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Human-associated fluoroquinolone-resistant Escherichia coli clonal lineages, including ST354, isolated from canine feces and extraintestinal infections in Australia

Guo, S., Wakeham, D., Brouwers, H.J.M., Cobbold, R.N., Abraham, S., Mollinger, J.L., Johnson, J.R., Chapman, T.A., Gordon, D.M., Barrs, V.R. and Trott, D.J. (2015) Human-associated fluoroquinolone-resistant Escherichia coli clonal lineages, including ST354, isolated from canine feces and extraintestinal infections in Australia. Microbes and Infection, 17 (4). pp. 266-274.

Link to Published Version: http://dx.doi.org/10.1016/j.micinf.2014.12.016
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Abstract

Phylogenetic group D extraintestinal pathogenic Escherichia coli (ExPEC), including O15:K52:H1 and clonal group A, have spread globally and become fluoroquinolone-resistant. Here we investigated the role of canine feces as a reservoir of these (and other) human-associated ExPEC and their potential as canine pathogens. We characterized and compared fluoroquinolone-resistant E. coli isolates originally identified as phylogenetic group D from either the feces of hospitalized dogs (n = 67; 14 dogs) or extraintestinal infections (n = 53; 33 dogs). Isolates underwent phylogenetic grouping, random amplified polymorphic DNA (RAPD) analysis, virulence genotyping, resistance genotyping, human-associated ExPEC O-typing, and multi-locus sequence typing. Five of seven human-associated sequence types (STs) exhibited ExPEC-associated O-types, and appeared in separate RAPD clusters. The largest subgroup (16 fecal, 26 clinical isolates) were ST354 (phylogroup F) isolates. ST420 (phylogroup B2); O1-ST38, O15:K52:H1-ST393, and O15:K1-ST130 (phylogroup D); and O7-ST457, and O1-ST648 (phylogroup F) were also identified. Three ST-specific RAPD sub-clusters (ST354, ST393, and ST457) contained closely related isolates from both fecal or clinical sources. Genes encoding CTX-M and AmpC β-lactamases were identified in isolates from five STs. Major human-associated fluoroquinolone-resistant ± extended-spectrum cephalosporin-resistant ExPEC of public health importance may be carried in dog feces and cause extraintestinal infections in some dogs.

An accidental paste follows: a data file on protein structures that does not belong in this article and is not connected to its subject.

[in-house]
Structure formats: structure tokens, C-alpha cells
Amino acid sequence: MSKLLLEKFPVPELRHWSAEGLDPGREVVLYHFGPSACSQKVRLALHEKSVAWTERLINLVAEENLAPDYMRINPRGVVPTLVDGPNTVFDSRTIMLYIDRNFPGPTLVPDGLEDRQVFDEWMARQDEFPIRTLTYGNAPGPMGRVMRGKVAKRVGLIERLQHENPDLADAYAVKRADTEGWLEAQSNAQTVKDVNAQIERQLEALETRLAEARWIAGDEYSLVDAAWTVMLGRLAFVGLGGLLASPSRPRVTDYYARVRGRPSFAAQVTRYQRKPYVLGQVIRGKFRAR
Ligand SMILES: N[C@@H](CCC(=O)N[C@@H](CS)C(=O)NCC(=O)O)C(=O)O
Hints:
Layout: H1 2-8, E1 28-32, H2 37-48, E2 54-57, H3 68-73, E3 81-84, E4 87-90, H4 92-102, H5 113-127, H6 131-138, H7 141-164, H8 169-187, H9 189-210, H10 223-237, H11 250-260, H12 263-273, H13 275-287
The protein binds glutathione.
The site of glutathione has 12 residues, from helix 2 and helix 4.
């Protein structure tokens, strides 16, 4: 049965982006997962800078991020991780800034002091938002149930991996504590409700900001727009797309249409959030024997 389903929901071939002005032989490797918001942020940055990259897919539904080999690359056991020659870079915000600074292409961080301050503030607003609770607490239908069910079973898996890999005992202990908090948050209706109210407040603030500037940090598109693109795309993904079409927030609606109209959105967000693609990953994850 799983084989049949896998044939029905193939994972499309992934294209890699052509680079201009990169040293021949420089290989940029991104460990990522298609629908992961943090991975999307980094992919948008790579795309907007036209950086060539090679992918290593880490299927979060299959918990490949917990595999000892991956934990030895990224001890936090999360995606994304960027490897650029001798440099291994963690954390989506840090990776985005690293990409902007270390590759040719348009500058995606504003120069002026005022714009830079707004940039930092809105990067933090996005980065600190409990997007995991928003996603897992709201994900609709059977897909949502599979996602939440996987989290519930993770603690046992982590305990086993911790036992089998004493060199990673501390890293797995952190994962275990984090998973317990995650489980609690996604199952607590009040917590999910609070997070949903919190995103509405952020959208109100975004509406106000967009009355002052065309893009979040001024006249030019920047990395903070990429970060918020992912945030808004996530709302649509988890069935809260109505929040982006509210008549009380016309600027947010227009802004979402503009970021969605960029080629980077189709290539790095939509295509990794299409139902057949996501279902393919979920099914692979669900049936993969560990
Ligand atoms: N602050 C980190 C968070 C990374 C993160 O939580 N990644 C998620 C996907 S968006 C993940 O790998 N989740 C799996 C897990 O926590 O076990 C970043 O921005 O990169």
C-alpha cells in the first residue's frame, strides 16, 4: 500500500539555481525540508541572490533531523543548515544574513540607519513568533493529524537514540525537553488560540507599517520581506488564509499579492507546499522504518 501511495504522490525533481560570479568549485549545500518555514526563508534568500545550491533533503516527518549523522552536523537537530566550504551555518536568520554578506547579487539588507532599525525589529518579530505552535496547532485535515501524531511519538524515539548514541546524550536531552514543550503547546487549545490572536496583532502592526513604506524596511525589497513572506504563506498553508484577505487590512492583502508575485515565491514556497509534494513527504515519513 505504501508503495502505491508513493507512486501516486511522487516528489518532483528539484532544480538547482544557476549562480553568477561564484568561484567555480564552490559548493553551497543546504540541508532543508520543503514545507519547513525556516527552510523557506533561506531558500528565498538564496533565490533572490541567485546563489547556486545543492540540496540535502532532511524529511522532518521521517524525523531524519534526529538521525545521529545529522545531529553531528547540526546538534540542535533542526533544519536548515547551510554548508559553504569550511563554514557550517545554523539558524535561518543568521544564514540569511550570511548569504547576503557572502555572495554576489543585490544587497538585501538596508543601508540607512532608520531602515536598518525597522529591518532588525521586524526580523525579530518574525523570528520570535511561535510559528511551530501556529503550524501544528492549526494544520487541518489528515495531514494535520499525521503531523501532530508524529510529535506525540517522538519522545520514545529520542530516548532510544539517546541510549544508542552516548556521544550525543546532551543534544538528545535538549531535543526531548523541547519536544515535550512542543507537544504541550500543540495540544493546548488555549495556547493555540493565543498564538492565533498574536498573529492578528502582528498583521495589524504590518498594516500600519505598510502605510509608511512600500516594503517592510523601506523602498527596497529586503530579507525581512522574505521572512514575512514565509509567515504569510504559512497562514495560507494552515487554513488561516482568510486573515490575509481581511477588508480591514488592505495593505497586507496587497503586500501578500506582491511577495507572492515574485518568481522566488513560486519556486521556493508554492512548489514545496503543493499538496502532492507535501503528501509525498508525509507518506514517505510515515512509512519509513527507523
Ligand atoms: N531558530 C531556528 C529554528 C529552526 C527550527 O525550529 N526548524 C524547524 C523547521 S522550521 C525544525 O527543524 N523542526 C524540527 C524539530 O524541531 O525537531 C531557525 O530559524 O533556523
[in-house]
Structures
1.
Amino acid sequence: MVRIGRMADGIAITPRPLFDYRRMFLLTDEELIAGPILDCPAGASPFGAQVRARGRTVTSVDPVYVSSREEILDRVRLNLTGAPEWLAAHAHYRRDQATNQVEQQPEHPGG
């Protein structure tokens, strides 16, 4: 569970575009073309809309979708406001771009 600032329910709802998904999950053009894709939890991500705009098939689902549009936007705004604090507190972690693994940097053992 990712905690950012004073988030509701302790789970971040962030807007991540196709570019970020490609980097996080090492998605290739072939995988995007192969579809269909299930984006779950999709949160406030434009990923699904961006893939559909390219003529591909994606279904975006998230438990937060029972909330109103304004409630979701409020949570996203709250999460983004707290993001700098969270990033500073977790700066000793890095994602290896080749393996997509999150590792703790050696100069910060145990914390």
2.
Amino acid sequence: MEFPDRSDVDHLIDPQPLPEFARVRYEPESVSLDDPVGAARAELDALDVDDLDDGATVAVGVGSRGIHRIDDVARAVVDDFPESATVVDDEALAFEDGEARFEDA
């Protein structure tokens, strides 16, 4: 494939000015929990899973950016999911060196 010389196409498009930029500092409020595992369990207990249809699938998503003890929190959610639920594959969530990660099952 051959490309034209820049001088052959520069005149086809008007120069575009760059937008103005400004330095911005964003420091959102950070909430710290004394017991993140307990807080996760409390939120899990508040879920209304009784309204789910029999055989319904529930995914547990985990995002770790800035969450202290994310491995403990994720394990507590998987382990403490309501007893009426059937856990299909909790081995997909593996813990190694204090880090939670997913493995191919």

Publication Type: Journal Article
Publisher: Elsevier Masson SAS
Copyright: © 2015 Institut Pasteur.
URI: http://researchrepository.murdoch.edu.au/id/eprint/30401
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